Drewski
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#4741
(Original post by Mr_Anonymous_)
Hello,
I may be about to sound incredibly conceited and I hope I don't elicit too much of an angry response here. Essentially I am currently 17 and have as of today just finished my A-Levels in Psychology, Sociology and Classical Civilisations in which I am expecting 2-3 C's or maybe one or two of those will be a B. Additionally I have 9 GCSE's with 6 B's and 3 C's and therefore as I'm sure many here are aware, allows me to meet the entry requirements for the RAF as a pilot which has always been a goal of mine as far back as I can remember.

However the conceited part starts here as I, up until a few months ago have always been overconfident in the fact that I was going to be able to gain entry into the RAF using just my academic grades as long as I met the entry requirements. Thus I have partaken in little outside activities of noteworthy value. Therefore I was wondering if I could ask for the opinion of anyone here as to what you think my chances are of getting through the interview stage. As I stated I'm confident I can meet the academic requirements and my fitness is no issue though I now realise the importance of these extra activities I always shunned as unnecessary.

So does anyone think I stand a chance at being able to present the qualities listed above in such a manner as to achieve my goal of becoming a pilot without having taken part in such activities or would it be best for me to take a year out and spend time completing these tasks and sports before enlisting later this year as I planned previously.

Any advice and opinions are appreciated,
Mr_Anonymous_
You've made it unnecessarily difficult for yourself.

Yes, your academics meet the basic requirements, but they don't do so by a long way. Pilot is amongst the most competitive branches going, just having the minimum requirements is usually not going to be enough.

If you've got no evidence of your leadership potential to demonstrate to the RAF that you could be an officer, then they're not going to be that keen on spending vast sums of taxpayer money when you've only got mediocre exam results.

Suddenly starting some clubs now is better than nothing, but there's a distinct chance that you won't be able to progress enough in a year to actually use them for any examples of potential.

The arrogance you allude to might have shot yourself in the foot. It's not impossible, you do have the basic requirements so you'll have a chance. I've seen people get in when they have, on paper, a lacking application, but that's usually because they've excelled in one area. If you can get the rarer-than-hen's-teeth full marks on the aptitude tests, then you might get in, for instance.

By all means try, but don't hold your breath.
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Mr_Anonymous_
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#4742
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#4742
(Original post by Drewski)
You've made it unnecessarily difficult for yourself.

Yes, your academics meet the basic requirements, but they don't do so by a long way. Pilot is amongst the most competitive branches going, just having the minimum requirements is usually not going to be enough.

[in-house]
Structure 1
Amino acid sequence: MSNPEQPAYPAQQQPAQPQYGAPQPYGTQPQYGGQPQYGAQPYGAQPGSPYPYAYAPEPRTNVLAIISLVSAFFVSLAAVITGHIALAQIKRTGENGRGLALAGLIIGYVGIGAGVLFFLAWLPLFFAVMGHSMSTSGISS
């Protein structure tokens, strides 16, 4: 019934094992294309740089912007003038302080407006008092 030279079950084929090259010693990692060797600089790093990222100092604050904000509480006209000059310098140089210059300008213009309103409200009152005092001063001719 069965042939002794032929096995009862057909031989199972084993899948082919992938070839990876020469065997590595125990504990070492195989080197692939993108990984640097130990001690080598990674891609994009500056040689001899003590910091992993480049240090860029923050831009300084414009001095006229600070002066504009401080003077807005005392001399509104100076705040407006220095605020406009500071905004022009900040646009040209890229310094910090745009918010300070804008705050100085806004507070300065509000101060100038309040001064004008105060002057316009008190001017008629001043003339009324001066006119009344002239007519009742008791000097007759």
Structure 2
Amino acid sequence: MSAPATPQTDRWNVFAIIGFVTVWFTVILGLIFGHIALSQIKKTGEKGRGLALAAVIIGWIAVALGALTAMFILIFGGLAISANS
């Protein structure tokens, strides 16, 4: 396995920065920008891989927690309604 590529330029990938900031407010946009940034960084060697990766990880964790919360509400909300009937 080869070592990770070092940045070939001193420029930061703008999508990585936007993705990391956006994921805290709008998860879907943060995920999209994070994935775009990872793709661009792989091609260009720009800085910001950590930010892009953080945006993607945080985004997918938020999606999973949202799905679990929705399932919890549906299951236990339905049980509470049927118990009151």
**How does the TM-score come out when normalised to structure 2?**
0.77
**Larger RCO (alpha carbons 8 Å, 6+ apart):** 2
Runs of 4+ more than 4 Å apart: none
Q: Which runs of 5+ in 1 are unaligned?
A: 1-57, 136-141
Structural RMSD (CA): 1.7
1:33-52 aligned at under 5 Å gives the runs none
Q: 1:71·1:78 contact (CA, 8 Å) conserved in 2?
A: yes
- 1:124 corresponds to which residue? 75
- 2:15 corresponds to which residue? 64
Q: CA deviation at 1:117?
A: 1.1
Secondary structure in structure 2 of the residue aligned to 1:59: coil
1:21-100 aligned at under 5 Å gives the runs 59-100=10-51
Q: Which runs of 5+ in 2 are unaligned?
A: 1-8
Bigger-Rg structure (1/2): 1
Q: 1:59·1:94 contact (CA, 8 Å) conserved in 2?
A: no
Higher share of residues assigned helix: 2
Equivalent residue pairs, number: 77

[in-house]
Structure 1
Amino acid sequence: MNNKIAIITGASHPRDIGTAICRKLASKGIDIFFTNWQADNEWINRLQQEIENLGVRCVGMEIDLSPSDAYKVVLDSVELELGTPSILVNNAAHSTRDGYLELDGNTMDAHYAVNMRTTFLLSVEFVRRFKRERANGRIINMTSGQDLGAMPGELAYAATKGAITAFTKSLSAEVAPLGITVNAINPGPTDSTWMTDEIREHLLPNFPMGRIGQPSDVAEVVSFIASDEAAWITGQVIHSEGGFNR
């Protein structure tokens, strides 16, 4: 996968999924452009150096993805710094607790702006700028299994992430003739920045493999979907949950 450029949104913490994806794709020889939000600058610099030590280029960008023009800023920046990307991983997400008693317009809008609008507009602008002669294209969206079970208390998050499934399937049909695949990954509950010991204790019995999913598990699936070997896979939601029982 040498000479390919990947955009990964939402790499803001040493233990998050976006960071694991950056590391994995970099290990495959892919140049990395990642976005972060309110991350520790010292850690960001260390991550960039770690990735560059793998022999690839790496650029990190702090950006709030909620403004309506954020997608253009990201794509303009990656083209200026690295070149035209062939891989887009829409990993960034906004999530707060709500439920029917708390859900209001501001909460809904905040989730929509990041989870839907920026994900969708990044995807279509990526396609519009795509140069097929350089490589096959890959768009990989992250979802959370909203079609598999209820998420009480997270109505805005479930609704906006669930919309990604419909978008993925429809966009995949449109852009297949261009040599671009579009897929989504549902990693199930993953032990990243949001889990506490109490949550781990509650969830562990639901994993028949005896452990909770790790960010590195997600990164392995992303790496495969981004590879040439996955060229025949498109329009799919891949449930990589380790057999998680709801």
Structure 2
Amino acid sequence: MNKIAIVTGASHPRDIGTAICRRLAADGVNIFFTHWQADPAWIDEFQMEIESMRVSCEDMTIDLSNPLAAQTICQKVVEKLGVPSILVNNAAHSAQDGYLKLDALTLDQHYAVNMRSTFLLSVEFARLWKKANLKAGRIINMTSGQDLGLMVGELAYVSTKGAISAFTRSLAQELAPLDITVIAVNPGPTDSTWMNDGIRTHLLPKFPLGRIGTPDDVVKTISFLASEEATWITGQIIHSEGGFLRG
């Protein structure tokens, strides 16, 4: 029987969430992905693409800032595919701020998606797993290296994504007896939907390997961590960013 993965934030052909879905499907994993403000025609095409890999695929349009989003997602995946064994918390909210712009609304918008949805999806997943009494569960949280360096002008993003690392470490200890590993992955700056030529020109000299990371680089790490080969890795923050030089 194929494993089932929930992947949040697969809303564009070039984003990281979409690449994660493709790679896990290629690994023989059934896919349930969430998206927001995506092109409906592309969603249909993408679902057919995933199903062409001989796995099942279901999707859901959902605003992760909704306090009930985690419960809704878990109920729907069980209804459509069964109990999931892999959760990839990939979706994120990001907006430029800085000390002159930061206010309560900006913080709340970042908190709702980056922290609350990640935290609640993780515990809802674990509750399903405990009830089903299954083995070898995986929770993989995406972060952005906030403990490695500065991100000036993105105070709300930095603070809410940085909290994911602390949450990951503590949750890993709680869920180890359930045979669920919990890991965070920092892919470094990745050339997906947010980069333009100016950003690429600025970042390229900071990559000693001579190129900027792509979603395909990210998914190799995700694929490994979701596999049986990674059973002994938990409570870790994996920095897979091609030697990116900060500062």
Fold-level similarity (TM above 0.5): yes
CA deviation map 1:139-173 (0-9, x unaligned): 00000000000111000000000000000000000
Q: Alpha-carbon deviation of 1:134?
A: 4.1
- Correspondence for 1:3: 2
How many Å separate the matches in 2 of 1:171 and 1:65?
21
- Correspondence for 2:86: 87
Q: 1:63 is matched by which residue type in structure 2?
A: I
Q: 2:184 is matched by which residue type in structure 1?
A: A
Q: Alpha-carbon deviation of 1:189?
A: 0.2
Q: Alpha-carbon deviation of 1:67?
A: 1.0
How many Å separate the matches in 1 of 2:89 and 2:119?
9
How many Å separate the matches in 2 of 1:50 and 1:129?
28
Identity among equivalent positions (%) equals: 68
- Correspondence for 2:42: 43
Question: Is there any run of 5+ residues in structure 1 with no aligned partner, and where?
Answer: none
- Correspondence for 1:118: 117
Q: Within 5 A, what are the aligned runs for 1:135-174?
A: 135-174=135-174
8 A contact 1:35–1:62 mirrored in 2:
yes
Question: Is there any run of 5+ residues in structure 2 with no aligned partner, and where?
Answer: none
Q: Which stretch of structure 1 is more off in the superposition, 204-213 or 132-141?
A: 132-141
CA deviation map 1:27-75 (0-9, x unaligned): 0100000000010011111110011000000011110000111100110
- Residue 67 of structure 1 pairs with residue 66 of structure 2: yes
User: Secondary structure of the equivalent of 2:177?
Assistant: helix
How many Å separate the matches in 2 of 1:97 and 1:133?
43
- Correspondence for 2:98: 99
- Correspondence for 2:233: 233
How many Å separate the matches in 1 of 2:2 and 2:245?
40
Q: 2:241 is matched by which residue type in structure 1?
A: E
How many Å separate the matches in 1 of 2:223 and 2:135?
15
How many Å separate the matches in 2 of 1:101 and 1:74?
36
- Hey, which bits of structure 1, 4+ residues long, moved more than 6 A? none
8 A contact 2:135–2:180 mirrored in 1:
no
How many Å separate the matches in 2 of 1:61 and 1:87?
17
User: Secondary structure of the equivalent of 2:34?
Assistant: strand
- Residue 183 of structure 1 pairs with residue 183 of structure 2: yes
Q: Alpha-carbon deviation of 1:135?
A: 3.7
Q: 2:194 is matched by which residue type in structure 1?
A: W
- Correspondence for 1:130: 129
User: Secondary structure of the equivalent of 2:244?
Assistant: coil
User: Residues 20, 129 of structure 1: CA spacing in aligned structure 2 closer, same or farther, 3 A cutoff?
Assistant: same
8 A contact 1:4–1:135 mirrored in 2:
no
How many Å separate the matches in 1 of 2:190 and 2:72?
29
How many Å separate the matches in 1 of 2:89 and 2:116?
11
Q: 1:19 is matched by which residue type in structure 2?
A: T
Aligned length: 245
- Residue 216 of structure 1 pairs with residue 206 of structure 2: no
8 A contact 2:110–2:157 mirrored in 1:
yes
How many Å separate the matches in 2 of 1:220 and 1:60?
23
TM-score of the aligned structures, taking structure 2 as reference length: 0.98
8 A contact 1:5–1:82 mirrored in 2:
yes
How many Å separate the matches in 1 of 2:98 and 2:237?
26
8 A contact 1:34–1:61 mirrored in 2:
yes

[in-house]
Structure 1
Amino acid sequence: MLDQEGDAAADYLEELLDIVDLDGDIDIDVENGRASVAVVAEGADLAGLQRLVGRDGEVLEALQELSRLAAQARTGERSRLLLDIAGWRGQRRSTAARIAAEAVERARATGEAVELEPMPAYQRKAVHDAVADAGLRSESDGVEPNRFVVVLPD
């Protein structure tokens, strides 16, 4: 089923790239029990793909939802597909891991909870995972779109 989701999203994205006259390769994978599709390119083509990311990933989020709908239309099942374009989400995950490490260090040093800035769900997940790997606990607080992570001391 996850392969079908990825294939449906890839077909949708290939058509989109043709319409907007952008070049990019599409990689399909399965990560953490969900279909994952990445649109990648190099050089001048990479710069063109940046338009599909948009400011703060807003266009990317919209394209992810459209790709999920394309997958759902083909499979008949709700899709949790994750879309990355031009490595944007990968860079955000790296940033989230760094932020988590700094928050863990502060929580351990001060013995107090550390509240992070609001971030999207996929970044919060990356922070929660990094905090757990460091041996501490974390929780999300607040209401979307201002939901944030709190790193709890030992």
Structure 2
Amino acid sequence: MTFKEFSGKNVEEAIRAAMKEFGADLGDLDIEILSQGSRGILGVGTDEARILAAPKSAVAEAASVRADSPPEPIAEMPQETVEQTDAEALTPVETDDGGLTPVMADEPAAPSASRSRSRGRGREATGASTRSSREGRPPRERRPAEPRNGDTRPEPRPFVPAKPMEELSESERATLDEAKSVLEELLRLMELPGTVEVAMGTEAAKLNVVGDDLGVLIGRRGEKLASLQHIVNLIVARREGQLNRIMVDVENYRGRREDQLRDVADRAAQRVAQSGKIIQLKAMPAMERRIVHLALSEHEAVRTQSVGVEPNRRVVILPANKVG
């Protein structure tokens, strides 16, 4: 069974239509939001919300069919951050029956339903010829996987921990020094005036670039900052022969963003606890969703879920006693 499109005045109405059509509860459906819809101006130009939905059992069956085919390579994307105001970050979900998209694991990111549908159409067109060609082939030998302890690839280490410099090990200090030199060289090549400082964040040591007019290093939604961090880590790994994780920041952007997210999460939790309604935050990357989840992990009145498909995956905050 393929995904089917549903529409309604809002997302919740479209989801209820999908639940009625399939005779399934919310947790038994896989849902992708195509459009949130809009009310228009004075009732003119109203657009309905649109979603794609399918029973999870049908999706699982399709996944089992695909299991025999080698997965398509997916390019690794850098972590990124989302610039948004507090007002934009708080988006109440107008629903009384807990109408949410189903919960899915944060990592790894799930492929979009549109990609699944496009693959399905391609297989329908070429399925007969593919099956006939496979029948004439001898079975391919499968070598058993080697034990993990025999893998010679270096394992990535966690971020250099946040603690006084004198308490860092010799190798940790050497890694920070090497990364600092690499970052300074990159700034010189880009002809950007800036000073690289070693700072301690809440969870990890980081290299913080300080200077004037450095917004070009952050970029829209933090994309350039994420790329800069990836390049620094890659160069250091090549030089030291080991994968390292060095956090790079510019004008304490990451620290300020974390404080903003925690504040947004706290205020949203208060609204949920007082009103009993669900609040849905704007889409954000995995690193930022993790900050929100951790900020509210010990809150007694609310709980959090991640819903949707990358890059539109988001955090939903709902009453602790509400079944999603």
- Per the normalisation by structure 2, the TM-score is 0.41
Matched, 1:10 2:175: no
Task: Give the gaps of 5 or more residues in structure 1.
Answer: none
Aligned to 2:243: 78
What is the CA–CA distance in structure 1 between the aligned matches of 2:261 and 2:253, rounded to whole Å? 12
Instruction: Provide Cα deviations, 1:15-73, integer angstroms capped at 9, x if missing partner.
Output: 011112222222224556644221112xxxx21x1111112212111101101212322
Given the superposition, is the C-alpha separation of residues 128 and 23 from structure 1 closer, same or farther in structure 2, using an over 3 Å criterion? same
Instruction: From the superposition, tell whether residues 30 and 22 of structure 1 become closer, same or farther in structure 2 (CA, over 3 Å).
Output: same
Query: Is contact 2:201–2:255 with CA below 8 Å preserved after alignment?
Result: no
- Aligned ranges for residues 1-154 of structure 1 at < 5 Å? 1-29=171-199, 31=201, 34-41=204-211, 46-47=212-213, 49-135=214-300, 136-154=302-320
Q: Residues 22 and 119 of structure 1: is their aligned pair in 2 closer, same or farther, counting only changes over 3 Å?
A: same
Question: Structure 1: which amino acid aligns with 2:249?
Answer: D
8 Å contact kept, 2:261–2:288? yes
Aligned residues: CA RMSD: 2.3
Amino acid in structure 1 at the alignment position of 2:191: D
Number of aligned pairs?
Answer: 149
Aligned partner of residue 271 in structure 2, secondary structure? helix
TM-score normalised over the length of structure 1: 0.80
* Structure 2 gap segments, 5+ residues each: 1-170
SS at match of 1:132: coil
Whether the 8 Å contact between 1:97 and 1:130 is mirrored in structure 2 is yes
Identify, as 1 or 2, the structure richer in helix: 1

If you've got no evidence of your leadership potential to demonstrate to the RAF that you could be an officer, then they're not going to be that keen on spending vast sums of taxpayer money when you've only got mediocre exam results.

Suddenly starting some clubs now is better than nothing, but there's a distinct chance that you won't be able to progress enough in a year to actually use them for any examples of potential.

The arrogance you allude to might have shot yourself in the foot. It's not impossible, you do have the basic requirements so you'll have a chance. I've seen people get in when they have, on paper, a lacking application, but that's usually because they've excelled in one area. If you can get the rarer-than-hen's-teeth full marks on the aptitude tests, then you might get in, for instance.

By all means try, but don't hold your breath.
I appreciate your candour and completely agree with everything you have said. I am aware that I have a number of references from teachers through my college years that express my capability in leadership and academics although I know my current grades are nothing to be overly impressed with. I certainly will take your advice and apply possibly using these references and doing my best to make a good impression throughout the interview as I have no intention of simply giving up at this first hurdle. Hopefully I can excel in the other aspects such as current events, motivation and knowledge of the RAF as I have visited active airbases before such as Brize Norton and attended the RIAT multiple years in a row (If that means anything).

Thank you for the advice
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Drewski
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#4743
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#4743
(Original post by Mr_Anonymous_)
I appreciate your candour and completely agree with everything you have said. I am aware that I have a number of references from teachers through my college years that express my capability in leadership and academics although I know my current grades are nothing to be overly impressed with. I certainly will take your advice and apply possibly using these references and doing my best to make a good impression throughout the interview as I have no intention of simply giving up at this first hurdle. Hopefully I can excel in the other aspects such as current events, motivation and knowledge of the RAF as I have visited active airbases before such as Brize Norton and attended the RIAT multiple years in a row (If that means anything).

Thank you for the advice
The references, while not bad, won't help you much when the questions you'll be asked will be along the lines "what clubs or teams did you join during school? What positions of leadership did you have in them?" and "What clubs or teams did you join outside of school? What positions of leadership did you have in them?".

If you have no clubs to talk about, then you won't be able to demonstrate that you've had the positions to learn from. Service knowledge, while nice to have, isn't anything like as important.